Dog dies after eating poison during walk in Yorkshire Dales

Molly, a springer spaniel, and Poppy, a cocker spaniel.

One dog has died and another became ill after consuming a cocktail of poisons in the Yorkshire Dales.

Molly, a springer spaniel, and Poppy, a cocker spaniel, became poorly after going for a walk on April 23 near Pateley Bridge.

They were taken to a local vet but sadly Molly died soon after.

Test results have now revealed that Molly had consumed a deadly mixture of chemicals including bendiocarb, alphachloralose and the banned pesticides carbofuran and isofenphos, and that this was the likely cause of death.

This unusual combination of substances has been seen before in the area, causing the death of two red kites and a buzzard since 2016.

Police believe that both dogs had inadvertently come across a poison bait which may have been placed illegally in the countryside to target birds of prey.

North Yorkshire has the highest rate of crimes against birds of prey in the UK, clocking up more incidents in the past seven years than any other county involving the shooting, trapping and poisoning of protected species such as red kites, buzzards, goshawks and hen harriers. Within North Yorkshire, Nidderdale is one of the worst blackspots.

Following these incidents North Yorkshire Police executed searches at a number of properties in the area on July 17 with staff from Natural England and RSPB.

Investigations are ongoing and officers are now appealing for information from the public.

Inspector Matt Hagen of North Yorkshire Police said: “The fact we have seen this same combination of chemicals, the ‘Nidderdale cocktail’ as it is sometimes known, also cause the death of birds of prey in this same location would indicate that the poisons have been deliberately left in a place where they could be found by wildlife and unfortunately in this case, domestic pets.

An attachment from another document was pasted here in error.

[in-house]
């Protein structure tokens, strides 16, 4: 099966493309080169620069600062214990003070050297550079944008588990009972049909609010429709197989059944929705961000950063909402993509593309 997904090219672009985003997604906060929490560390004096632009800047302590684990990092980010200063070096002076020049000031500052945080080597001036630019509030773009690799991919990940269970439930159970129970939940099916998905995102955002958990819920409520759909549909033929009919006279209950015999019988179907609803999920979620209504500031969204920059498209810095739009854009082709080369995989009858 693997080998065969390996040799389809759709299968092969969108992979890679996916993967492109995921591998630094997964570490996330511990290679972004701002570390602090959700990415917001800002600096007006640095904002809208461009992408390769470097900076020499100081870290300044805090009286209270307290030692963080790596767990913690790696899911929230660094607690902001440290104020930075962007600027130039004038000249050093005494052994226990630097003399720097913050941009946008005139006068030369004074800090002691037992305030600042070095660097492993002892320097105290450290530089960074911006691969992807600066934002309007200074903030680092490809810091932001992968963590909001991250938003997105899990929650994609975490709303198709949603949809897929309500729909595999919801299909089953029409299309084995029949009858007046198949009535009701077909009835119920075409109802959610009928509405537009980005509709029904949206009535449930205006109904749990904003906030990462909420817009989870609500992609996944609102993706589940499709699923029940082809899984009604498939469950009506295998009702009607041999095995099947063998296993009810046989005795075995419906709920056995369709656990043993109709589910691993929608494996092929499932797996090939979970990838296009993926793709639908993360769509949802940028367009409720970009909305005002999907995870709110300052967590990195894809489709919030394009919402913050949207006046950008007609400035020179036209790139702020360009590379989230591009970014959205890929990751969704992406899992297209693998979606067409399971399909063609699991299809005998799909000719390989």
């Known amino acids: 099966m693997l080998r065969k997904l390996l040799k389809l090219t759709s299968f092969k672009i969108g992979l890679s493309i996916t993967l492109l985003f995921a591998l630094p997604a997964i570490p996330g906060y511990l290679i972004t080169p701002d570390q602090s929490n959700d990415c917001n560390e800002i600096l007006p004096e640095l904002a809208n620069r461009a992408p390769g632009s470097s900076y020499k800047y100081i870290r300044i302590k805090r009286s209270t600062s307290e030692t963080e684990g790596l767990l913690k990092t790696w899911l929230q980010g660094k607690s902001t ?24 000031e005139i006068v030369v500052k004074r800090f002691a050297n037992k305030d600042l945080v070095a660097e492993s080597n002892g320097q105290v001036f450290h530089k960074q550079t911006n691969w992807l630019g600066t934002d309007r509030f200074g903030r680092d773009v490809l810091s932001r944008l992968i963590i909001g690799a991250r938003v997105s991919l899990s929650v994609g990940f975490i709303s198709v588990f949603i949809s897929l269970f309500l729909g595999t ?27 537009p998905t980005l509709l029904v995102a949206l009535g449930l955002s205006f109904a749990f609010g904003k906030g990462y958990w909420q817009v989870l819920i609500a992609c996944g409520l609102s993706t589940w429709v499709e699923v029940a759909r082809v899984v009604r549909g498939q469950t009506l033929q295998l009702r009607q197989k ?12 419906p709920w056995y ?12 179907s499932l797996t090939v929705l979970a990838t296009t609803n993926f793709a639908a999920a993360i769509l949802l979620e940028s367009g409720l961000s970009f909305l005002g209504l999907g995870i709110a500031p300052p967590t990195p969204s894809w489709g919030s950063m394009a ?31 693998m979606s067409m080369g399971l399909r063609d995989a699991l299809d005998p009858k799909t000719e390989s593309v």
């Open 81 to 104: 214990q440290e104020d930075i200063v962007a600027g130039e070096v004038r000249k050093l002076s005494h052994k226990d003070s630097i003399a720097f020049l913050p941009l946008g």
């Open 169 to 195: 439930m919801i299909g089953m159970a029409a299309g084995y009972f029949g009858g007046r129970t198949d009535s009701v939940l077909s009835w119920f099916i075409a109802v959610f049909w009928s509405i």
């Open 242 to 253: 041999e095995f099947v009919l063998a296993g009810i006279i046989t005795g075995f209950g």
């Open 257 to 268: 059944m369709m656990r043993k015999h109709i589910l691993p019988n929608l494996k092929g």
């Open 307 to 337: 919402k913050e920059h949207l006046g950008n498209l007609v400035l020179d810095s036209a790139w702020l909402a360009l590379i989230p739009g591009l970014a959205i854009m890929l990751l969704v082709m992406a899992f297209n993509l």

“Pesticide abuse of any kind will not be tolerated and we are doing everything we can to try and find those responsible.”

Molly and Poppy’s owners said in a statement: “It’s been soul-destroying. We miss Molly every day. She was a lovely dog, daft as a brush, and she loved everything and everybody. One minute she was a lovely, bubbly spaniel and then she was gone, in a heartbeat.

“We took the dogs for a walk up to Two Stoops and on the way home Poppy started being sick. Then we got down the garden path and Molly started twitching.

“We thought it must have been something they’d eaten so we took them straight to the vets. About an hour later we got the call to say that Molly had died.

“We couldn’t believe it. She’s buried up on a hill on a farm, but she shouldn’t be there, she should be here on the sofa now, with us. Our other dog Alfie wandered round the house for days looking for her. No-one should have to go through what we’ve gone through.”

Mark Thomas, head of investigations at the RSPB, said: “Nidderdale is surrounded by grouse moors and sadly we know from experience, and from the government’s own data, that there is a strong correlation between raptor persecution and driven grouse shooting. Carbofuran is one of the most commonly-abused substances in the poisoning of birds of prey.

“It is a highly toxic, banned substance, putting wildlife, pets and people at risk. This is not the first time harmful substances have been found left out in the open and sadly is unlikely to be the last.